A federal high court’s 24 December decision reversing a 13-month-old government ban on the Ethiopian Free Press Journalists’ Association (EFJA) was hailed today by Reporters Without Borders as a "victory for the EFJA and a step forward for press freedom in Ethiopia."
But Reporters Without Borders warned that vigilance is still needed in Ethiopia as the situation of its news media continues to be very precarious.
"Journalists fear the imminent adoption of a law that will allow the authorities to throw them in prison ’just for making mistakes in their articles’ while the foreign press is closely monitored," the organisation said. "At the same time, Ethiopians still do not have access to independent television and radio," it added.
The federal high court ruling declared the justice ministry’s November 2003 ban on the EFJA to be "illegal," dissolved an organisation created by the ministry to replace the EFJA, and ordered the ministry to pay the EFJA’s legal costs. The court also annulled a system for electing the EFJA leadership that had been imposed by the ministry, with the result that only EFJA members can henceforth form the organisation’s governing body.
Government shuts down independent journalists’ association
Reporters Without Borders today condemned as intimidation the government’s closure of the Ethiopian Free Press Journalists’ Association (EFJA) following its strong criticism of a harsh new press law due to come into effect by the end of the year.
The EFJA, which represents the independent written press in the absence of any privately-owned radio or TV, was suspended by the justice ministry on 10 November for not renewing its annual licence for the past three years.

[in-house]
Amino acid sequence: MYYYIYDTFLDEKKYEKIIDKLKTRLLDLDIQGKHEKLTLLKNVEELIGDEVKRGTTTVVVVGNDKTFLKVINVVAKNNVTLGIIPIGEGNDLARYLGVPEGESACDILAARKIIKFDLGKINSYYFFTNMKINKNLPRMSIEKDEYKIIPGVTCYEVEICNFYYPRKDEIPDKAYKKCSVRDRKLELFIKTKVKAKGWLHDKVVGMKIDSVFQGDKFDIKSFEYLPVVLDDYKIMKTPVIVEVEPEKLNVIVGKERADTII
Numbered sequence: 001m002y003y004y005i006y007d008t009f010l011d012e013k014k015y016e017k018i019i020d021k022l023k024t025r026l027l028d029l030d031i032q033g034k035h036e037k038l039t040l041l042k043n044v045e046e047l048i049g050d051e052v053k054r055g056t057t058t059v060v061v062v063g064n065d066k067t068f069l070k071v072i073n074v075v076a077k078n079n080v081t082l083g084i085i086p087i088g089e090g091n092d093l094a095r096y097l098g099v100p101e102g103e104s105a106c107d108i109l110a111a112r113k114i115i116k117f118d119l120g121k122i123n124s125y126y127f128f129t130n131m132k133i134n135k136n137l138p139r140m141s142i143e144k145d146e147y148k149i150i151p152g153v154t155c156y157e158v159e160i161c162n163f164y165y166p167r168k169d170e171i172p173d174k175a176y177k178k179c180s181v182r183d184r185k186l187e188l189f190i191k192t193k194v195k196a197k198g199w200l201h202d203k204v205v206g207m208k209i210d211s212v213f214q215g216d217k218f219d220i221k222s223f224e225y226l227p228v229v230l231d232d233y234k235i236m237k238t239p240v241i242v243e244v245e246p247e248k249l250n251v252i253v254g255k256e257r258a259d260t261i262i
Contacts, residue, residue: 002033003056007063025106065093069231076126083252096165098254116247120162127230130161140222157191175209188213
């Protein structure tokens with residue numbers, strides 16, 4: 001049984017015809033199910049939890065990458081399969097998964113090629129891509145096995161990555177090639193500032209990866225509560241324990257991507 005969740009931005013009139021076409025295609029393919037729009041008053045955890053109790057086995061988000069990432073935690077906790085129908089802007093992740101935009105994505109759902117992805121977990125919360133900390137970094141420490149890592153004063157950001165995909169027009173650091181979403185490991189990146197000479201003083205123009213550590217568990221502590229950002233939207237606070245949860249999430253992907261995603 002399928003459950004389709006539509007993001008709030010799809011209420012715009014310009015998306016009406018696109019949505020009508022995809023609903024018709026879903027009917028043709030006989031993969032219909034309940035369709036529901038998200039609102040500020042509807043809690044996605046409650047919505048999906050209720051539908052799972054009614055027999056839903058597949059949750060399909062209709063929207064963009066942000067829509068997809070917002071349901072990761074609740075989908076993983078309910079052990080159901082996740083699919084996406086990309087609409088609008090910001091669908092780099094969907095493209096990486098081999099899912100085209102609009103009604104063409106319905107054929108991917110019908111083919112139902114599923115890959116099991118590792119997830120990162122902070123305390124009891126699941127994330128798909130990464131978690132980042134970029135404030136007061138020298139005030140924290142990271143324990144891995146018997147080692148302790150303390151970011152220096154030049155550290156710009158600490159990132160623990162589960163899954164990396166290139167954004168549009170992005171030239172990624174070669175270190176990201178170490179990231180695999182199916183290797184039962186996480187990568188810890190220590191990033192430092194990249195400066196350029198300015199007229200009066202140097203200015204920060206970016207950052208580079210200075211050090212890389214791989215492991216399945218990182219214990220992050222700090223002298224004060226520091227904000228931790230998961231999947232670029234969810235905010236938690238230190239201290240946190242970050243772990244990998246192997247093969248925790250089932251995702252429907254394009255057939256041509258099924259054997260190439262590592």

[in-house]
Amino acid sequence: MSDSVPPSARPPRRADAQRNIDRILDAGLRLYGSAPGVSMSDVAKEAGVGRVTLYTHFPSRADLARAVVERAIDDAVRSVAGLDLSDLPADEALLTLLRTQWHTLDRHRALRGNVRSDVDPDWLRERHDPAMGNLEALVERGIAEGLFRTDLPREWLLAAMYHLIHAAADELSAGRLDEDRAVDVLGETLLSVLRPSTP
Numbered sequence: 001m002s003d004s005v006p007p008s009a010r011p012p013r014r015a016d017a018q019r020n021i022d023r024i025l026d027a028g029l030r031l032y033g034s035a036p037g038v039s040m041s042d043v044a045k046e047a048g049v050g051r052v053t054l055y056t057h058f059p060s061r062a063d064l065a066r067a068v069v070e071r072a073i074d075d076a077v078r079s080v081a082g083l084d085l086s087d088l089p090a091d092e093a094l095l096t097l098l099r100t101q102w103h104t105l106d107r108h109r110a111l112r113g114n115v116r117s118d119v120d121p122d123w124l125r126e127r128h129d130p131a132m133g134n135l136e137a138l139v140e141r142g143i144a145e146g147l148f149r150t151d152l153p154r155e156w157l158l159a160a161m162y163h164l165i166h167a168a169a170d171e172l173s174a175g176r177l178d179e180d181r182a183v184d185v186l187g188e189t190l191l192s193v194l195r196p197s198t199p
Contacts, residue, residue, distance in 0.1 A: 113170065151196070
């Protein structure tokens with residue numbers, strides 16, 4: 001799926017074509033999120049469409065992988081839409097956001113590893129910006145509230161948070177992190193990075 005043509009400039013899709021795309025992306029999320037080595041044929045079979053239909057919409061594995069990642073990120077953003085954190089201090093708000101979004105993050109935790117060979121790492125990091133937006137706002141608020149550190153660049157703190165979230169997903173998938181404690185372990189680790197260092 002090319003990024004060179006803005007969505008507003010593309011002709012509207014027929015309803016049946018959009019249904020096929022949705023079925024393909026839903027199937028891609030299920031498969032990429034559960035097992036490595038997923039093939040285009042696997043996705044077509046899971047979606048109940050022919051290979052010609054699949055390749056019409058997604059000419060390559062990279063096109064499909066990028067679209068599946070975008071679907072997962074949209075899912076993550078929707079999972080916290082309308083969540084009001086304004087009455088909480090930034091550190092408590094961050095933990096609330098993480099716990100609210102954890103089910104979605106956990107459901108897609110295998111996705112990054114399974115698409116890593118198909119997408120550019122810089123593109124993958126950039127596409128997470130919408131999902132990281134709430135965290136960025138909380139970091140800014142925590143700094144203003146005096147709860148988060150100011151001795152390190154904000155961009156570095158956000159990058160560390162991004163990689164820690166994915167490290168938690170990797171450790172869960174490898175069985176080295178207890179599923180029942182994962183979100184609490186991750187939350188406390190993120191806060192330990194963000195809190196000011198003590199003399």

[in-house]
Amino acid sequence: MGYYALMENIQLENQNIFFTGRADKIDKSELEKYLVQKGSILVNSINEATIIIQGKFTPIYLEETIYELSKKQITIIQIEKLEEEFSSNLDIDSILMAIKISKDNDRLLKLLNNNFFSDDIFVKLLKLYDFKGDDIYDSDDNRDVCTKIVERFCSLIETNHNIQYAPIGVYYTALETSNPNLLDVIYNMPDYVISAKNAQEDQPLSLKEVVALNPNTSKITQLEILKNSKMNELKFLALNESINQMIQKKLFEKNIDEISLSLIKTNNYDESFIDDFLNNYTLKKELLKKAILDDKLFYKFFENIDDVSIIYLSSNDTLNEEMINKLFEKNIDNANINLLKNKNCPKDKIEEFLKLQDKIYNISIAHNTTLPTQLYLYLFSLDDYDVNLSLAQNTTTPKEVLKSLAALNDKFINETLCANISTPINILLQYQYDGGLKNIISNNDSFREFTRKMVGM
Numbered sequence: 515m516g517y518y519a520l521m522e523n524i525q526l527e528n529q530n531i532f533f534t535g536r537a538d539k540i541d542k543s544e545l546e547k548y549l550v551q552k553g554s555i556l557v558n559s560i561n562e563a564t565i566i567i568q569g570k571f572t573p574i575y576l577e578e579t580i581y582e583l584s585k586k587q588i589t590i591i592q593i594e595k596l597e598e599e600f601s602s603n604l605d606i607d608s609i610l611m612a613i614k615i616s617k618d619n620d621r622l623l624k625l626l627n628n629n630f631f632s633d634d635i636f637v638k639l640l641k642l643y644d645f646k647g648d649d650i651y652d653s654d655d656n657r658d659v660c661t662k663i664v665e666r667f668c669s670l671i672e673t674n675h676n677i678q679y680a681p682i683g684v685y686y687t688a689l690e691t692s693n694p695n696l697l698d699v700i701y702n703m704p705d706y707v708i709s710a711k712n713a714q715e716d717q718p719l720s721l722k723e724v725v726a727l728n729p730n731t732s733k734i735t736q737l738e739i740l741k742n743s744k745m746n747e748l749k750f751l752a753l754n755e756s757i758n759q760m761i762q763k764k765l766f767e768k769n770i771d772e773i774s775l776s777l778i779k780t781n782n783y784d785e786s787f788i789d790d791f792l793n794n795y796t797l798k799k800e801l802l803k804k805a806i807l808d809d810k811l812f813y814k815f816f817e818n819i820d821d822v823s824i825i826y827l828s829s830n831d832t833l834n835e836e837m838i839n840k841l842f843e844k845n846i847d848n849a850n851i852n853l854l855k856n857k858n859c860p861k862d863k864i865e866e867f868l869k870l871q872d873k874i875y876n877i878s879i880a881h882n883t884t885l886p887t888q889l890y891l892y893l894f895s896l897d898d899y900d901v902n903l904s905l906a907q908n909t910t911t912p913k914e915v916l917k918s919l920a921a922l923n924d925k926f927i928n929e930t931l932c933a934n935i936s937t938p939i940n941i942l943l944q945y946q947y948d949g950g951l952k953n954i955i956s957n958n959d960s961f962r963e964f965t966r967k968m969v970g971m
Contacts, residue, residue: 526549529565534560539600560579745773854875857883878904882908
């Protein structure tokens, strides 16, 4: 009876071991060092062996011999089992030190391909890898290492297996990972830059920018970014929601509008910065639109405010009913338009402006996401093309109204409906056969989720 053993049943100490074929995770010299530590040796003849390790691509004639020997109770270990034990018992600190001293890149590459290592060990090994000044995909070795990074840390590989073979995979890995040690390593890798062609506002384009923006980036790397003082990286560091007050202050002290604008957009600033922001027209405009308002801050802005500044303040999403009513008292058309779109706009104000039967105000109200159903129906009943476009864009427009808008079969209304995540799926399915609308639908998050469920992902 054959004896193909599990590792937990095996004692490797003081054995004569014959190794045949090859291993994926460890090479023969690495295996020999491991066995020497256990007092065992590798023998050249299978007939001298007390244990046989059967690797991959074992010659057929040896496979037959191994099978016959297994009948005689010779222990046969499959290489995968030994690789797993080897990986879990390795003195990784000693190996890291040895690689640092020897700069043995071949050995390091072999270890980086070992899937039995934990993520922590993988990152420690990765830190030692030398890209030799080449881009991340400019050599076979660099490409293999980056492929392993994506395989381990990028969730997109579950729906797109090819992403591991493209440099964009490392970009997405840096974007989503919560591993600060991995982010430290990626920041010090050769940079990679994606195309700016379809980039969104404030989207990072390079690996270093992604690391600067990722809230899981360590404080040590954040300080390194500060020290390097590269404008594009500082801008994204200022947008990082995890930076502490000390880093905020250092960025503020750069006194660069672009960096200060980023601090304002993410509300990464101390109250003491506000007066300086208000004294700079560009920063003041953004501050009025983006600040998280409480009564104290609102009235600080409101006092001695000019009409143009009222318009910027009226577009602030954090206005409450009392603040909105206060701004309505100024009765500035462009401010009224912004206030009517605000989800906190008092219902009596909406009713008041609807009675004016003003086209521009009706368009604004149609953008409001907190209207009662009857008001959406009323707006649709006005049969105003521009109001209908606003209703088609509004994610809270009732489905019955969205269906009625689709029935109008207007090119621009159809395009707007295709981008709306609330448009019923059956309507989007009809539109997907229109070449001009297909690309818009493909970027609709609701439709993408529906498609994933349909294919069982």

"The coincidence between the EFJA’s criticism of this repressive law and the insistence by ministry official Getachew Gonfa that the suspension is not political is just too much to be believed," said Reporters Without Borders secretary-general Robert Ménard, calling on prime minister Meles Zenawi to lift the ban at once, "stop harassing the independent media and respect the public’s right to media diversity."
EFJA President Kifle Mulat said journalists were "fighting this draconian press law and the government does not like that." The law includes prison terms for journalists who make reporting errors, allows the government to confiscate foreign newspapers entering the country and gives the authorities 30 days to answer journalists’ questions.
Ethiopian law requires non-profit associations to renew their licence to operate each year and submit an audit of their annual budget to the authorities. Ministry official Gonfa said the suspension would be lifted when the EFJA complied with these rules. Mufat said the audit was under way.